Don’t get me wrong. I’m not against all regulations. And I’m certainly not opposed to giving tuition credits to students wanting to study the art of data management. But, as the politicians like to say, “let’s be perfectly clear”: modern government regulations require IT professionals to implement new data management policies to prove they are in compliance with changes in the law.

For example, in 2006 the European Union issued a directive to communications carriersforcing them to hold on to subscriber usage data for six to 24 months. That’s so the companies can quickly respond to legal authorities who need to access data for criminal investigations. While some operators may already keep the information, it’s often stored offline. In the case of the EU directive, the information must be able to be accessed without delay by authorities armed with a warrant.

The way the EU directive was written means that wire line, wireless, and ISP operators must retain 15 categories of data. And because the time periods vary, the amount of data to be stored is unpredictable. As you can imagine, the EU also imposed some hefty data security demands as well as unique access requirements. For example, some legal authorities may send their warrants by FAX, e-mail, or even letters via the postal service.

Needless to say, the regulations don’t spell out exactly how carriers should implement the data retention policy. They simply need to do so.

It’s not just the EU creating rules affecting corporate data management. Japan is now considering revising its strict data protection policyfor consumers. The U.S. is in a political battle between those that want tighter Internet controls for copyright holders. And many other nations are designing new laws that affect how companies manage their data.

As I’ve argued here before, having a chief data officer would give enterprises a huge competitive advantage by being able to anticipate the impact new regulations would have on an organization’s data management strategy. In fact, it is increasingly paramount for large multinational companies to have a C-level data officer. Without one, the enterprise lacks a critical resource to compete in today’s global markets.

I agree with President Obama. Data management is, indeed, an excellent career choice for young people. After all, companies need smart people who understand its strategic importance and know how to react quickly when the politicians change the rules on data management for business. Again. And again.

Comments

Daniel Schmid

About Daniel Schmid

Daniel Schmid was appointed Chief Sustainability Officer at SAP in 2014. Since 2008 he has been engaged in transforming SAP into a role model of a sustainable organization, establishing mid and long term sustainability targets. Linking non-financial and financial performance are key achievements of Daniel and his team.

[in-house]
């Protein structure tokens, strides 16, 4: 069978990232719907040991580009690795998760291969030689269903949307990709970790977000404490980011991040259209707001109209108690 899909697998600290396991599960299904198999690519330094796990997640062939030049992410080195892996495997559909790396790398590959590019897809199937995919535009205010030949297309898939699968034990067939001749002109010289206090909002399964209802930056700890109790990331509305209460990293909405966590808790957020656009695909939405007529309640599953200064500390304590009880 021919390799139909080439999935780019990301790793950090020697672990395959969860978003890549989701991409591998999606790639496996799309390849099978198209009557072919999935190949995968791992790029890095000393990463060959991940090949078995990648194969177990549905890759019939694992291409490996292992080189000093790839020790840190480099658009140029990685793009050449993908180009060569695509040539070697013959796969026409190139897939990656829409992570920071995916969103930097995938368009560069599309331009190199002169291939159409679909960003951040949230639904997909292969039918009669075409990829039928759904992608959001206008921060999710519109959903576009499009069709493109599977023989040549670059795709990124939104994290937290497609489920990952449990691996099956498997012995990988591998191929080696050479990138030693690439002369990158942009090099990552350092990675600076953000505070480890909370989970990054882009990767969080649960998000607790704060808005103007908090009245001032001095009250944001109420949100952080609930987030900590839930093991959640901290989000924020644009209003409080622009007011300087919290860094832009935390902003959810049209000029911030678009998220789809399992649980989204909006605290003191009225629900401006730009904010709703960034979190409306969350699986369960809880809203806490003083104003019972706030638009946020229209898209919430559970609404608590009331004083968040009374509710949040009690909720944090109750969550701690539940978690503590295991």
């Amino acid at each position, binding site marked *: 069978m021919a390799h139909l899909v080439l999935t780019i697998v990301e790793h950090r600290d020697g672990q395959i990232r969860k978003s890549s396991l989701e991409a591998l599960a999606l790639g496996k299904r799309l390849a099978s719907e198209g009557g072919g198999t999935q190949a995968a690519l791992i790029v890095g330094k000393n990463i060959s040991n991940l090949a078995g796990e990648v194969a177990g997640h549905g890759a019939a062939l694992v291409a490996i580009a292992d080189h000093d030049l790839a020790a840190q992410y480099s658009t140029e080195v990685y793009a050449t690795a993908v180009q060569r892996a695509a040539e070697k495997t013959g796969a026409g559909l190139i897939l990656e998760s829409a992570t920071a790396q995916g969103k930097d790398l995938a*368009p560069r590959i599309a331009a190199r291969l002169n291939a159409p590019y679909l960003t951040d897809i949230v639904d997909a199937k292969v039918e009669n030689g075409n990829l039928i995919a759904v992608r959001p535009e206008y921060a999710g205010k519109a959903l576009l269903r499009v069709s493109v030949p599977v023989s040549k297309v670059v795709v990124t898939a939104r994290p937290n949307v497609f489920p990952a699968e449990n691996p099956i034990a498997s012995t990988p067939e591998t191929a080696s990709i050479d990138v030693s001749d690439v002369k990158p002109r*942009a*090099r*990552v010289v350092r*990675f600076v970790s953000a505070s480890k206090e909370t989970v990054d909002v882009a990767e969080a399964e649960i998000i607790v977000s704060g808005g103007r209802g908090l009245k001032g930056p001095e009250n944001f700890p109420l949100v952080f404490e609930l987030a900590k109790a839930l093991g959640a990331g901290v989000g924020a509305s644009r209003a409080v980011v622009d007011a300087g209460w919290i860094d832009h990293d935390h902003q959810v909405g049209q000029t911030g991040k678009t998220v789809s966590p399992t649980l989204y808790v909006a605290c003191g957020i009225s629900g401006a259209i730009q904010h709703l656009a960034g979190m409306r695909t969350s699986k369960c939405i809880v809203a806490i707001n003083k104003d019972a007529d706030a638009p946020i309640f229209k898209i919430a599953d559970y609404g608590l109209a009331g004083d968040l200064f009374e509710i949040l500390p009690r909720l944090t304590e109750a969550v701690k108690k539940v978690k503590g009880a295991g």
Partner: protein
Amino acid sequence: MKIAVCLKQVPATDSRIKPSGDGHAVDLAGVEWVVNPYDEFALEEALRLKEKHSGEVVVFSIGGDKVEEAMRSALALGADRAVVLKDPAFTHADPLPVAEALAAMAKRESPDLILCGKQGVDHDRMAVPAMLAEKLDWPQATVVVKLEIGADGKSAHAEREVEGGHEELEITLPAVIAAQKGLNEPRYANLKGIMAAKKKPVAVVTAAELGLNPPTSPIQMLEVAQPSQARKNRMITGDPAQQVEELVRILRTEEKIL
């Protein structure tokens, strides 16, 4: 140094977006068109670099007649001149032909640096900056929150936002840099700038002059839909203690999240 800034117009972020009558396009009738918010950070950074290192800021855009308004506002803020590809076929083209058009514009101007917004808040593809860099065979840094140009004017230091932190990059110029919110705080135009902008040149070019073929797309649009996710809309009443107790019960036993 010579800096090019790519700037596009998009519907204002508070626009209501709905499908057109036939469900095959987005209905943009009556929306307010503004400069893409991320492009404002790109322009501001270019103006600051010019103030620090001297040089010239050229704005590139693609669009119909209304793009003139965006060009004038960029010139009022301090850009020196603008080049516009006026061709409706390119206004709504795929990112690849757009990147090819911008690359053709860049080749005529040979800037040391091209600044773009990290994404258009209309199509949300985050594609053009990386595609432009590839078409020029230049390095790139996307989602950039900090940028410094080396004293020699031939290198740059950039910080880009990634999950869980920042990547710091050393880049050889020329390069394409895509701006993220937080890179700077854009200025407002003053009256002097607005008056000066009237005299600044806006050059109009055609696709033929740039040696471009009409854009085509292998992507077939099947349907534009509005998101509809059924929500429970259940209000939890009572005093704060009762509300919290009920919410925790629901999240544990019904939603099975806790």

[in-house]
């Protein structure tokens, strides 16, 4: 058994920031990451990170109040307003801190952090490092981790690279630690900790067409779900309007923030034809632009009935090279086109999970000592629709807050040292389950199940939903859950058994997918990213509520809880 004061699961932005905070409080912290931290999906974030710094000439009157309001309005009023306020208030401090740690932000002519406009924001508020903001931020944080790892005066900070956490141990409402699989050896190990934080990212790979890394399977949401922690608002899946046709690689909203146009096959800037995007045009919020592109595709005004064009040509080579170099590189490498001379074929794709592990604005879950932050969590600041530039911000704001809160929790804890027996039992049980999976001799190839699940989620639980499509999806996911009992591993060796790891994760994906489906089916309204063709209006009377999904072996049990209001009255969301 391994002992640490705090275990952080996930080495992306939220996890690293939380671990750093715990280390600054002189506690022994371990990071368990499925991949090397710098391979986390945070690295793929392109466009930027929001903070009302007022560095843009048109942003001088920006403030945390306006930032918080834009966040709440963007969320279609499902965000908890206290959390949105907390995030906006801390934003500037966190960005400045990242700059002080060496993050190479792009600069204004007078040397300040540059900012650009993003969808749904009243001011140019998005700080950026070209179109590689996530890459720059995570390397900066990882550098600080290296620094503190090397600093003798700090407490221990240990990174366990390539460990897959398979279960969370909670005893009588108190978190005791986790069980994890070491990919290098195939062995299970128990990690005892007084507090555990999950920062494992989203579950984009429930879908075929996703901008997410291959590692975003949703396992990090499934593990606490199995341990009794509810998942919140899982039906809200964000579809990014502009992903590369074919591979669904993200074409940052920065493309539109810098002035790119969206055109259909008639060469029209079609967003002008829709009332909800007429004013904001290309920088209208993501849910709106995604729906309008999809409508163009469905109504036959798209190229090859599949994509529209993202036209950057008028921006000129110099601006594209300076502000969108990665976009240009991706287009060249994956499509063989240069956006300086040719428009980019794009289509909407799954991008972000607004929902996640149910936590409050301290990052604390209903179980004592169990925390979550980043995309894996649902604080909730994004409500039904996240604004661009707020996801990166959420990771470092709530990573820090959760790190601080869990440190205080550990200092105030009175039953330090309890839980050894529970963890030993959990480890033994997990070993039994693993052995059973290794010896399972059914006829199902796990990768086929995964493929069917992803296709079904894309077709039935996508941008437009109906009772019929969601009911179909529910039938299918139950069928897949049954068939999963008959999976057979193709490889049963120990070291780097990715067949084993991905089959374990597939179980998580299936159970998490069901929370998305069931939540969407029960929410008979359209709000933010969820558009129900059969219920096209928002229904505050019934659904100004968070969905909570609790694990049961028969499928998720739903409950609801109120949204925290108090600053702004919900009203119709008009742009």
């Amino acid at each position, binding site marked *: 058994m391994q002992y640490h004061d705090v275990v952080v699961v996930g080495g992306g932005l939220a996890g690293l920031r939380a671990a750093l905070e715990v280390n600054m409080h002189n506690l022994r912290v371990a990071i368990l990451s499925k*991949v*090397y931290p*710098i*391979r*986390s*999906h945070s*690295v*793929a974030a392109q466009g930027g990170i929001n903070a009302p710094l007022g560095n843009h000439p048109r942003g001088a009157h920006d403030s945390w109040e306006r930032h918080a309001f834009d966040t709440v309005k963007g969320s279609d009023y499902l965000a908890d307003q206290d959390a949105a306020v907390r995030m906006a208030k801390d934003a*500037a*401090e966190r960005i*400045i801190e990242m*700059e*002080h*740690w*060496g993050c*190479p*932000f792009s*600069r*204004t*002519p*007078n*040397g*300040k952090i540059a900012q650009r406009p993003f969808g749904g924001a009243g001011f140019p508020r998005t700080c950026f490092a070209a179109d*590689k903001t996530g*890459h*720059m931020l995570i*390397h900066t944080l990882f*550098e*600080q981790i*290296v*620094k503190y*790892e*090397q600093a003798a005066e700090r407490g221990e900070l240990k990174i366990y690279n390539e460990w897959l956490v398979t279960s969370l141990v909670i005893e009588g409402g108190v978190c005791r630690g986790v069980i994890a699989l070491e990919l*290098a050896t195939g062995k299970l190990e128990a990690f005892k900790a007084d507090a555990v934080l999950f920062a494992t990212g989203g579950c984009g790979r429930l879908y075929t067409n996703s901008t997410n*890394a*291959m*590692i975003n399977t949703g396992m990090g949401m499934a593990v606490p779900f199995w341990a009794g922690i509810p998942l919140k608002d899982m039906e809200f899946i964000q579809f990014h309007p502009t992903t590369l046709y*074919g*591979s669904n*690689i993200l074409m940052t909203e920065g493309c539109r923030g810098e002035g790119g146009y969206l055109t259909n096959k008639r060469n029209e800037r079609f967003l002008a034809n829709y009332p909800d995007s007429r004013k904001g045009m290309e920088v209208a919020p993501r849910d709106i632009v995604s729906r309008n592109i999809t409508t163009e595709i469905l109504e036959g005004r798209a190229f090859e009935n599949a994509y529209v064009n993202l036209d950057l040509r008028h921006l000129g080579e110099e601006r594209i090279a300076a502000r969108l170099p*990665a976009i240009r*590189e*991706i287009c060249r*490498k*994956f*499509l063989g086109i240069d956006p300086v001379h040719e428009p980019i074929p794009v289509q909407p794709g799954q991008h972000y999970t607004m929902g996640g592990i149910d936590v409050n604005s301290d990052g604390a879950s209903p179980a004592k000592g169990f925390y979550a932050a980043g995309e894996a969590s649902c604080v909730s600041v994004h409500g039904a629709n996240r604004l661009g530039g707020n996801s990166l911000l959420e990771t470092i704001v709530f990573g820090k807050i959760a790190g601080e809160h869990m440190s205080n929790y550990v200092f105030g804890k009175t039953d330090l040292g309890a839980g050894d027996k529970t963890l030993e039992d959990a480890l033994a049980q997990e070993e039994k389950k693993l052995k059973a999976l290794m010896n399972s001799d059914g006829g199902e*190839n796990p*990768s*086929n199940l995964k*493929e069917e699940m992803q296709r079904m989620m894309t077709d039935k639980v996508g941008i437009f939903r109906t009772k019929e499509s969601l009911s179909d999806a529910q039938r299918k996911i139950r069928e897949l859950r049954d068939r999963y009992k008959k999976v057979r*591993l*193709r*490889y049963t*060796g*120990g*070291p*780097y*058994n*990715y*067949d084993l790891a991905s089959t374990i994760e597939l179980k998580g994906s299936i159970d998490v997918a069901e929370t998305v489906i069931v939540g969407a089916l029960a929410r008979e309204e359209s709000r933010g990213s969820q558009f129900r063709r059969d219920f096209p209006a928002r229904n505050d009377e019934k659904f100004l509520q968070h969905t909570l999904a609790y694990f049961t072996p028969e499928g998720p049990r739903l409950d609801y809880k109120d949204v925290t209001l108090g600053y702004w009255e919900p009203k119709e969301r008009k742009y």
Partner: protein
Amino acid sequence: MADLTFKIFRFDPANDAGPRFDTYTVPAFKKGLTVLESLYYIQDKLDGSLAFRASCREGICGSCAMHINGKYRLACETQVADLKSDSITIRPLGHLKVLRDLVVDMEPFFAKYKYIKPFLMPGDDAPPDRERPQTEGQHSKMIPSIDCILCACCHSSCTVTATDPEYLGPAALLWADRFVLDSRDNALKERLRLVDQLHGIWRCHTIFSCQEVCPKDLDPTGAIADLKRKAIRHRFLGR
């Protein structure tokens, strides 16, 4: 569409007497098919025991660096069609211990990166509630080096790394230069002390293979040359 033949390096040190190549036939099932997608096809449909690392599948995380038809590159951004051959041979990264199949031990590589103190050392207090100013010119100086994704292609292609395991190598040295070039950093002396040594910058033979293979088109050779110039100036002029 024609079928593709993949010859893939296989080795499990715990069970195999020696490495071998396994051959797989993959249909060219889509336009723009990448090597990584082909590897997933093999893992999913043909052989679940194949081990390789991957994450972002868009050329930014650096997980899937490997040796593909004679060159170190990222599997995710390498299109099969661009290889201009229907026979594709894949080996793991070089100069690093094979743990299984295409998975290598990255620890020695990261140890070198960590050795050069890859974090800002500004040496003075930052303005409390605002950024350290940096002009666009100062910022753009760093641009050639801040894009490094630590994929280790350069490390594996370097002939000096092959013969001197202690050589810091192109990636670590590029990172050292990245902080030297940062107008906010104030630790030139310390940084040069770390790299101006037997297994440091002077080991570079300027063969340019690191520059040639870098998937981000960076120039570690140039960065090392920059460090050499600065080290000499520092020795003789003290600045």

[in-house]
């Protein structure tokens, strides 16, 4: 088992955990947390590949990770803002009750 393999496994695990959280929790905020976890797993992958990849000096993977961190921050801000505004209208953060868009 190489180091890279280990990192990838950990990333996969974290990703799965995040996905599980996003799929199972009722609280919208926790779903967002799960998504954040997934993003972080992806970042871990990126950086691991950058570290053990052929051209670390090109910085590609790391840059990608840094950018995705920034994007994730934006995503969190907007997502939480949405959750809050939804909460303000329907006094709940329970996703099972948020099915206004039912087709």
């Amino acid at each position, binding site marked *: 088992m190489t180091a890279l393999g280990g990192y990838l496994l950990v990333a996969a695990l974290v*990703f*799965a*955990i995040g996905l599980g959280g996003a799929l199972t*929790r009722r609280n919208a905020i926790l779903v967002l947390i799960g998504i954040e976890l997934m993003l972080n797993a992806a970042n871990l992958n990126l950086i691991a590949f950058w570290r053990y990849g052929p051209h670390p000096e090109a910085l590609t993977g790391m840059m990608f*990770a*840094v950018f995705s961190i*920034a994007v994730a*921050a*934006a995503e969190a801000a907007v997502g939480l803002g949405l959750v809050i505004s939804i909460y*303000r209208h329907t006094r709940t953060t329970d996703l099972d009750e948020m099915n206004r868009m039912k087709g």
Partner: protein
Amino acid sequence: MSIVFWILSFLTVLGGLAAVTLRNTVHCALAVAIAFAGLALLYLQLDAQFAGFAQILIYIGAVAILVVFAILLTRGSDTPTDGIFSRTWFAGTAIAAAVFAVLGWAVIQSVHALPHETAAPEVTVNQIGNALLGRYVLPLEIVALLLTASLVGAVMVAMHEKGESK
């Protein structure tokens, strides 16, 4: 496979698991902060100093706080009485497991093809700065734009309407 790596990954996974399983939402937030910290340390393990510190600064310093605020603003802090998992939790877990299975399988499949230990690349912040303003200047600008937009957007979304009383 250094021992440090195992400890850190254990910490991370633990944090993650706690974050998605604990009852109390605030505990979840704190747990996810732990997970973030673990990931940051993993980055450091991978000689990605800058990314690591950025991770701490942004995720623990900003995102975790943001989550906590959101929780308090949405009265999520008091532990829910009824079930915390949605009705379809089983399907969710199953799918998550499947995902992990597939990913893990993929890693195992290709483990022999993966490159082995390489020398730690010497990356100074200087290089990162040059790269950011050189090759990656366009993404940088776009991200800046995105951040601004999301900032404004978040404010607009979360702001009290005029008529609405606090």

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Awareness

Data Management and Retention Requirements

Irfan Khan

In his annual state of the union speech last month President Barack Obama made a passing reference to the need for the U.S. to train more people in data management to supply the needs of companies. A little later in the speech he talked about how some new, targeted government regulations would benefit honest businesses while rooting out the bad apples. Maybe he was thinking that those newly trained data managers would be able to help companies with the advanced data management techniques his undefined regulations would require.

Don’t get me wrong. I’m not against all regulations. And I’m certainly not opposed to giving tuition credits to students wanting to study the art of data management. But, as the politicians like to say, “let’s be perfectly clear”: modern government regulations require IT professionals to implement new data management policies to prove they are in compliance with changes in the law.

For example, in 2006 the European Union issued a directive to communications carriersforcing them to hold on to subscriber usage data for six to 24 months. That’s so the companies can quickly respond to legal authorities who need to access data for criminal investigations. While some operators may already keep the information, it’s often stored offline. In the case of the EU directive, the information must be able to be accessed without delay by authorities armed with a warrant.

The way the EU directive was written means that wire line, wireless, and ISP operators must retain 15 categories of data. And because the time periods vary, the amount of data to be stored is unpredictable. As you can imagine, the EU also imposed some hefty data security demands as well as unique access requirements. For example, some legal authorities may send their warrants by FAX, e-mail, or even letters via the postal service.

Needless to say, the regulations don’t spell out exactly how carriers should implement the data retention policy. They simply need to do so.

It’s not just the EU creating rules affecting corporate data management. Japan is now considering revising its strict data protection policyfor consumers. The U.S. is in a political battle between those that want tighter Internet controls for copyright holders. And many other nations are designing new laws that affect how companies manage their data.